History

Fact Explanation
Rapidly growing anterior neck mass. Anaplastic carcinoma grows very rapidly. It accounts for about 1.6% of all thyroid cancers. [1]
Hoarseness [6] This is one of the most common presentation. Hoarseness is due to the involvement of the recurrent laryngeal nerve.
Dysphagia [3] Compression of the esophagus produces dysphagia. This is the second most common symptom of presentation. [6]
Cough [9] Tracheal compression produces cough.
Dyspnea [9] Due to the pulmonary metastases.
Stridor [3,8] Due to tracheal compression.
Cervical pain [6] Invasion of cervical plexus produces neck pain.
Bone pain [7] Metastasis in the bone produce bone pain. Most patients with anaplastic carcinoma of the thyroid will have metastasis at the time of presentation. [4]
Neurologic deficits Due to cerebral metastasis and involvement of the vertebral column. [7]
Symptoms of increased intracranial pressure Anaplastic carcinoma metastasizes to the brain and increase the intra-cranial pressure. [4] Patients have early morning headache and nausea which is relieved by vomiting.
Palpable cervical lymph nodes Cervical lymph nodes enlarge due to local metastasis.
Long history of anterior neck mass with recent rapid enlargement Previously undetected long-standing thyroid carcinoma and goiters (eg, papillary, follicular) are known to progress to anaplastic carcinoma. [2,5]
Anorexia and weight loss [3] Systemic spread of the tumor to the liver produce anorexia and weight loss.
References
  1. SUN M.L., SANG J.S., BYOUNG C.C. Treatment Outcome of Patients with Anaplastic Thyroid Cancer: A Single Center Experience. Yonsei Med J. [online] Mar 1, 2012; 53(2): 352–357. [viewed 6 April 2014] Available from: doi: 10.3349/ymj.2012.53.2.352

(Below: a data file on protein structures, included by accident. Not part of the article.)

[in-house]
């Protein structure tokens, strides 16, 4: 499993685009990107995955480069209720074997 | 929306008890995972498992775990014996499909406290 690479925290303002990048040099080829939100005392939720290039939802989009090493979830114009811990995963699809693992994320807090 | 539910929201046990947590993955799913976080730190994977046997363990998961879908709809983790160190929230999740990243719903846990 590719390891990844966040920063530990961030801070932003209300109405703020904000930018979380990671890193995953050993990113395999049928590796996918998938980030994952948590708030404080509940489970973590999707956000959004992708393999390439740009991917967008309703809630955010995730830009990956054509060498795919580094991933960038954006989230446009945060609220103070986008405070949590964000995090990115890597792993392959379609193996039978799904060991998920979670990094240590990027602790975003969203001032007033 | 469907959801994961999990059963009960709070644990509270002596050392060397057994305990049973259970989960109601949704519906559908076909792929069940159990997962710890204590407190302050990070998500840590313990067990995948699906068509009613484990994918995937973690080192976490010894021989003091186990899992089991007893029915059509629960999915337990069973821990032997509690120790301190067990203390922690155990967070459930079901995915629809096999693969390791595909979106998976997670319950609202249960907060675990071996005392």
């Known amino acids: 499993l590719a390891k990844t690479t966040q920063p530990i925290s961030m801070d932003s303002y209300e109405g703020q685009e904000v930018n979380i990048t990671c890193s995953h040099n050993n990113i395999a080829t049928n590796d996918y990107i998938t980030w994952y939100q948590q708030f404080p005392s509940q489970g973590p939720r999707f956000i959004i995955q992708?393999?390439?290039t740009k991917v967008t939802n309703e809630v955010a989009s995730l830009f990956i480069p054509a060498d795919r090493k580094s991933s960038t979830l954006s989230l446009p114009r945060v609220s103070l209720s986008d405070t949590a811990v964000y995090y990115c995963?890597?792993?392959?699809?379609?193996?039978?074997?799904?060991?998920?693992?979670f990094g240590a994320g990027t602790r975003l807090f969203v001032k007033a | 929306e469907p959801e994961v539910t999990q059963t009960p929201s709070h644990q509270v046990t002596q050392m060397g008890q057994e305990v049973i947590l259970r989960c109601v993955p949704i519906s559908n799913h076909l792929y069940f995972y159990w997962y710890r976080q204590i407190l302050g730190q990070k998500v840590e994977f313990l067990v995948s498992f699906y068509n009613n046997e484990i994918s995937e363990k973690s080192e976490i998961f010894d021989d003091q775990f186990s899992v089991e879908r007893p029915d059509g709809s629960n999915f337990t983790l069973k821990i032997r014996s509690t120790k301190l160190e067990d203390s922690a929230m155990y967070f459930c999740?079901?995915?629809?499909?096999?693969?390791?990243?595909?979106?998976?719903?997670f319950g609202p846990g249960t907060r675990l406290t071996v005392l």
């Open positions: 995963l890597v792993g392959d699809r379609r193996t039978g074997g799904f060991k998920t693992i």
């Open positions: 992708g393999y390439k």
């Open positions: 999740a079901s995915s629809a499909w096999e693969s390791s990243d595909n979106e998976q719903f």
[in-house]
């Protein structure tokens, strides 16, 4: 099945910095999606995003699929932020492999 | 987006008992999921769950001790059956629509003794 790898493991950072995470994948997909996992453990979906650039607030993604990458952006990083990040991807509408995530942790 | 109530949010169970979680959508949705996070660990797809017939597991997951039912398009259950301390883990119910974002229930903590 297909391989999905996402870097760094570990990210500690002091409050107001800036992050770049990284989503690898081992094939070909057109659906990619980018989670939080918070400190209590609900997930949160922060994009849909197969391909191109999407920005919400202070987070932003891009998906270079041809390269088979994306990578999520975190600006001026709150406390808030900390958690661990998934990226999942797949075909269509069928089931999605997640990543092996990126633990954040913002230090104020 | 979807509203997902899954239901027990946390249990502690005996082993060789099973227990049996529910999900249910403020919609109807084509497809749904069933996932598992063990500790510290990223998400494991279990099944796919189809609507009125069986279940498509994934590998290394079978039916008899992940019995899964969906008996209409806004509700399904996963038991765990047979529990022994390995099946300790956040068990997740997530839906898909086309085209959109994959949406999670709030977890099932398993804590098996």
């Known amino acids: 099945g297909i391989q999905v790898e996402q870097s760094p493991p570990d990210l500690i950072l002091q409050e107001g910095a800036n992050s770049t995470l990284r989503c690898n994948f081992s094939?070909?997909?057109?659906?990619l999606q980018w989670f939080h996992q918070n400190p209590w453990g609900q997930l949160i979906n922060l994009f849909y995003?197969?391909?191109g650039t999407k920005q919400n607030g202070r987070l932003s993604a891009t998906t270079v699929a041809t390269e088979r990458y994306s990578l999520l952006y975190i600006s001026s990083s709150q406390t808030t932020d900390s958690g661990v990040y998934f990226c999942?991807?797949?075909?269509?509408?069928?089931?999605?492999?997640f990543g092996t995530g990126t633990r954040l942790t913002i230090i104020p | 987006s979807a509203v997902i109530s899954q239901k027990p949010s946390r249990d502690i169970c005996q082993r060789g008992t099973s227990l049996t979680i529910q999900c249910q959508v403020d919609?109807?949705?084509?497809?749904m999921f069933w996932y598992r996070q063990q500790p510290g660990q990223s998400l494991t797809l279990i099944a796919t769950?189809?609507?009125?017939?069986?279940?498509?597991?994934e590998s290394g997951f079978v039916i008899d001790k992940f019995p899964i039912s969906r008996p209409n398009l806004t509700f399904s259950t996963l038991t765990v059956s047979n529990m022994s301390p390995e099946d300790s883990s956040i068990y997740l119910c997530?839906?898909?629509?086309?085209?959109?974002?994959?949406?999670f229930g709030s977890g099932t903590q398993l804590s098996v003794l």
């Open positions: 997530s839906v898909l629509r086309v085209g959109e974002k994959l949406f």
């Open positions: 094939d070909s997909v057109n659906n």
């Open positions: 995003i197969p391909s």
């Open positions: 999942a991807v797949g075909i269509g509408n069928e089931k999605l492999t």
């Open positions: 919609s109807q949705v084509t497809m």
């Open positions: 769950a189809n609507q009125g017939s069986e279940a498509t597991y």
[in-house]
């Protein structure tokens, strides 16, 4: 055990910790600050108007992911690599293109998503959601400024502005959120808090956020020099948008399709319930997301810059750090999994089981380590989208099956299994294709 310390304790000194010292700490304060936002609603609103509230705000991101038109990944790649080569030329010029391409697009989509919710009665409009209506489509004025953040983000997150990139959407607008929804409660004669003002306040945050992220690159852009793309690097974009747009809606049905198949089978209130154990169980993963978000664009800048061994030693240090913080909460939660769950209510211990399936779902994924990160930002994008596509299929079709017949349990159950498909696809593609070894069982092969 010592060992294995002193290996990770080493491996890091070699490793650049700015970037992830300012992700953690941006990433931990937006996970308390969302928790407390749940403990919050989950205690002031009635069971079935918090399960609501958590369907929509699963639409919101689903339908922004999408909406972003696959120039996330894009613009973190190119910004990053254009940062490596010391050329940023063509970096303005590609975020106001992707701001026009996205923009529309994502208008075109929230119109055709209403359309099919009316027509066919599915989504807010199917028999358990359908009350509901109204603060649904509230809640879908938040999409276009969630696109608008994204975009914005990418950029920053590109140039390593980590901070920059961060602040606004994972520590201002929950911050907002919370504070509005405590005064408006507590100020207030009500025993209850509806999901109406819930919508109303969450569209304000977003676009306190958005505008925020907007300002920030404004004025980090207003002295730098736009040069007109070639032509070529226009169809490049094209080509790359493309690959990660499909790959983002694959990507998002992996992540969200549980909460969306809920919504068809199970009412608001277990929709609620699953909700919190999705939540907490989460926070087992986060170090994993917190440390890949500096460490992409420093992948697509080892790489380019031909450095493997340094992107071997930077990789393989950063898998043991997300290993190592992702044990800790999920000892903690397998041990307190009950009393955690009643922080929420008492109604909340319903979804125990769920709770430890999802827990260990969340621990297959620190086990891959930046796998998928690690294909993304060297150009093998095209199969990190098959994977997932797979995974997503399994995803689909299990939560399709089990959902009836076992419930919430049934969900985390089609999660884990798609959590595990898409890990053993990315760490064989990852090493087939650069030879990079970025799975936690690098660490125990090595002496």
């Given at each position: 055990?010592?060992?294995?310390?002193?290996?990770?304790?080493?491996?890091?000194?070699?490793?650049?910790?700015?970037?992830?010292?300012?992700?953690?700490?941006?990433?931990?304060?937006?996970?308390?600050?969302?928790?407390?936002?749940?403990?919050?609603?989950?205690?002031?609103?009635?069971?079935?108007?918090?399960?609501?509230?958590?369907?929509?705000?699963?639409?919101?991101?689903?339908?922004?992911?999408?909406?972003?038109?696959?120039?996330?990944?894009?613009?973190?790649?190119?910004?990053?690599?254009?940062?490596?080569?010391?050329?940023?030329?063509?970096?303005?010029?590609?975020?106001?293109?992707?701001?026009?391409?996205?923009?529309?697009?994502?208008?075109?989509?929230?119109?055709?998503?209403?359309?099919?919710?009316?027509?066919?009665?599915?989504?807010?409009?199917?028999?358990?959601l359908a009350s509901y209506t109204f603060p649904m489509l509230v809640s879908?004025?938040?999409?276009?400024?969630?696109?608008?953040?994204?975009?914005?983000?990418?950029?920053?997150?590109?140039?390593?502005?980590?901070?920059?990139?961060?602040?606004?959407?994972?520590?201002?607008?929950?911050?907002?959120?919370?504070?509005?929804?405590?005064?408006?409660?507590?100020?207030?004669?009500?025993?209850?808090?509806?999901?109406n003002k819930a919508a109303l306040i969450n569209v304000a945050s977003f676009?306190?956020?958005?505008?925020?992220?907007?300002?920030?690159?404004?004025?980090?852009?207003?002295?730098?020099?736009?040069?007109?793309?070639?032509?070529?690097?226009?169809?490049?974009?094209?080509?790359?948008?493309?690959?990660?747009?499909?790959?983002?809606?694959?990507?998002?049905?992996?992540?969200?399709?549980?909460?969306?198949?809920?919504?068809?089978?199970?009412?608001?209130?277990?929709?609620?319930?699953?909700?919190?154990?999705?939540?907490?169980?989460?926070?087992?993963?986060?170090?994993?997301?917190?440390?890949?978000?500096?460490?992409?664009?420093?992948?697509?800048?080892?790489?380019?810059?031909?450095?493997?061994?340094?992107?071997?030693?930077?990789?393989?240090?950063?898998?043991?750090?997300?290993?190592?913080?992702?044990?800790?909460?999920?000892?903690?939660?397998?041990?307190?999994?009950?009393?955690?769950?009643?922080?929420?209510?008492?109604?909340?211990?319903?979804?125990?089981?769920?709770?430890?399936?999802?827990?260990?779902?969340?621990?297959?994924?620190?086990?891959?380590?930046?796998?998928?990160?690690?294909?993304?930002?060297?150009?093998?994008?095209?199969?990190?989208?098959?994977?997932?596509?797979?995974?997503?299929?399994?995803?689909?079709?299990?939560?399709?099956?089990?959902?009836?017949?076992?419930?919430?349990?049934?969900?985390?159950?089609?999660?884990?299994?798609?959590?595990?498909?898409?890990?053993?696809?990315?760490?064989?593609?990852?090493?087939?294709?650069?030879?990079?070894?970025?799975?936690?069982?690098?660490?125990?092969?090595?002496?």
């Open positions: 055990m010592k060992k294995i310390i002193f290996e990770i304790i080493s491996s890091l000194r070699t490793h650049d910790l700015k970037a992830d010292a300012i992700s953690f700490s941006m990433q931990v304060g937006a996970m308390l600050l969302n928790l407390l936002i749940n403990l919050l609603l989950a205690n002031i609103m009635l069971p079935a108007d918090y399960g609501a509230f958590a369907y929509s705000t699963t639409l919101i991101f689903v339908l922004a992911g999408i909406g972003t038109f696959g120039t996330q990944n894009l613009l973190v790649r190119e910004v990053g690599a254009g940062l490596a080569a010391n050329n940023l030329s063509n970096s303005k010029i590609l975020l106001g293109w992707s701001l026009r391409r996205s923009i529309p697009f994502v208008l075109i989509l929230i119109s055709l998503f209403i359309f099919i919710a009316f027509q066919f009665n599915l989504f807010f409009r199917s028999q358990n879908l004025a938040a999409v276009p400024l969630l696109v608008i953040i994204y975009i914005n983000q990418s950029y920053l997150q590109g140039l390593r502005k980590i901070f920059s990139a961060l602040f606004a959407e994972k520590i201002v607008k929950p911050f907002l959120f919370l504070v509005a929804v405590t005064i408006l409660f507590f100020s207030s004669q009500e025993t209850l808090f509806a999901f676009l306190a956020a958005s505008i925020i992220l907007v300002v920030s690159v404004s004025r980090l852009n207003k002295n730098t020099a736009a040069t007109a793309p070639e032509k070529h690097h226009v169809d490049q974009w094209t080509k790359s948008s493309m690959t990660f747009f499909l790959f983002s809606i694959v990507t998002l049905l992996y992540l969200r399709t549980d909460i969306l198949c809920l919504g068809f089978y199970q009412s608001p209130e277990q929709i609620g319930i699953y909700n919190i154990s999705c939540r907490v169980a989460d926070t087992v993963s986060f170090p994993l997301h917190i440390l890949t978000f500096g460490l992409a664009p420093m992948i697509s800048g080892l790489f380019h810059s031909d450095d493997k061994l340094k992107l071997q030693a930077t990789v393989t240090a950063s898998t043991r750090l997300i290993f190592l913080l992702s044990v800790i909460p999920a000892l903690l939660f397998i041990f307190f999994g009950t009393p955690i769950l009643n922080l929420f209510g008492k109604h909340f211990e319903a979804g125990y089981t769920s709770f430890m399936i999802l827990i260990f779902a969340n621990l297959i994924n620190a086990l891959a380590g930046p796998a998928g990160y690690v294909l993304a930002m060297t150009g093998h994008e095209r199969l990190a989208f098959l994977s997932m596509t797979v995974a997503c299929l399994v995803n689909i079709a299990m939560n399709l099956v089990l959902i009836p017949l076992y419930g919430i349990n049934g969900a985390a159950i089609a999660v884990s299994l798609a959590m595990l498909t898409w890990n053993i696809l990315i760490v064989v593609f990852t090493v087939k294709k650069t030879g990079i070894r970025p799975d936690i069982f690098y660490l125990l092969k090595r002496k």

2. HUNDAHL S. A., CADY B., CUNNINGHAM M. P., et al., “Initial results from a prospective cohort study of 5583 cases of thyroid carcinoma treated in the united states during 1996. U.S. and German Thyroid Cancer Study Group. An American College of Surgeons Commission on Cancer Patient Care Evaluation study,” Cancer. [online] 2000 89: 202–217,. [viewed 6 April 2014] available at (www.ncbi.nlm.nih.gov/pubmed/10897019)?
  3. NAGAIAH G., HOSSAIN A., MOONEY C. J., PARMENTIER J., REMICK S. C., “Anaplastic thyroid cancer: a review of epidemiology, pathogenesis, and treatment,” Journal of Oncology, [online] 2011: 2011 (2011). [viewed 6 April 2014] Available from: http://dx.doi.org/10.1155/2011/542358
  4. B. JEREB, J. STJERNSWARD, AND T. LOWHAGEN, “Anaplastic giant cell carcinoma of the thyroid. A study of treatment and prognosis,” Cancer, [online] 1975. 35 (5), 1293–1295, [viewed 6 April 2014] Available from: http://www.scopus.com/record/display.url?eid=2-s2.0-0016783987&origin=inward&txGid=913BC837E6F75251CA21D16E00A154F8.aqHV0EoE4xlIF3hgVWgA%3a2